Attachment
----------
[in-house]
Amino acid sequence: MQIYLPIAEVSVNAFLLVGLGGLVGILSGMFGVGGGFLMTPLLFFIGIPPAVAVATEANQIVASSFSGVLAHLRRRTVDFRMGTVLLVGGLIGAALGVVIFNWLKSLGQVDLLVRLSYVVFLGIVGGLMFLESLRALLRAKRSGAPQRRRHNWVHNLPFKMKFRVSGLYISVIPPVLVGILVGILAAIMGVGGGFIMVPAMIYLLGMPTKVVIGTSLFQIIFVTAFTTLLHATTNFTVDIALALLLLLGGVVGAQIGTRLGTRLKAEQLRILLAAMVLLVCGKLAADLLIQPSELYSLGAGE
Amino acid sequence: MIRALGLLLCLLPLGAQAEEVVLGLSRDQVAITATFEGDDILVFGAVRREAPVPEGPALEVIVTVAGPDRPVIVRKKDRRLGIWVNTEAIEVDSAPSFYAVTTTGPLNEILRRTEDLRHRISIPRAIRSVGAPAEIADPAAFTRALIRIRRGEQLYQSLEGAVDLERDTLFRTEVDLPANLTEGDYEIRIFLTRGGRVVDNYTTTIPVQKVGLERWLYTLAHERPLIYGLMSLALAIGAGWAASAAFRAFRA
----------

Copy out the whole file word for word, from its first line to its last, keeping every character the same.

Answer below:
[in-house]
Amino acid sequence: MQIYLPIAEVSVNAFLLVGLGGLVGILSGMFGVGGGFLMTPLLFFIGIPPAVAVATEANQIVASSFSGVLAHLRRRTVDFRMGTVLLVGGLIGAALGVVIFNWLKSLGQVDLLVRLSYVVFLGIVGGLMFLESLRALLRAKRSGAPQRRRHNWVHNLPFKMKFRVSGLYISVIPPVLVGILVGILAAIMGVGGGFIMVPAMIYLLGMPTKVVIGTSLFQIIFVTAFTTLLHATTNFTVDIALALLLLLGGVVGAQIGTRLGTRLKAEQLRILLAAMVLLVCGKLAADLLIQPSELYSLGAGE
Amino acid sequence: MIRALGLLLCLLPLGAQAEEVVLGLSRDQVAITATFEGDDILVFGAVRREAPVPEGPALEVIVTVAGPDRPVIVRKKDRRLGIWVNTEAIEVDSAPSFYAVTTTGPLNEILRRTEDLRHRISIPRAIRSVGAPAEIADPAAFTRALIRIRRGEQLYQSLEGAVDLERDTLFRTEVDLPANLTEGDYEIRIFLTRGGRVVDNYTTTIPVQKVGLERWLYTLAHERPLIYGLMSLALAIGAGWAASAAFRAFRA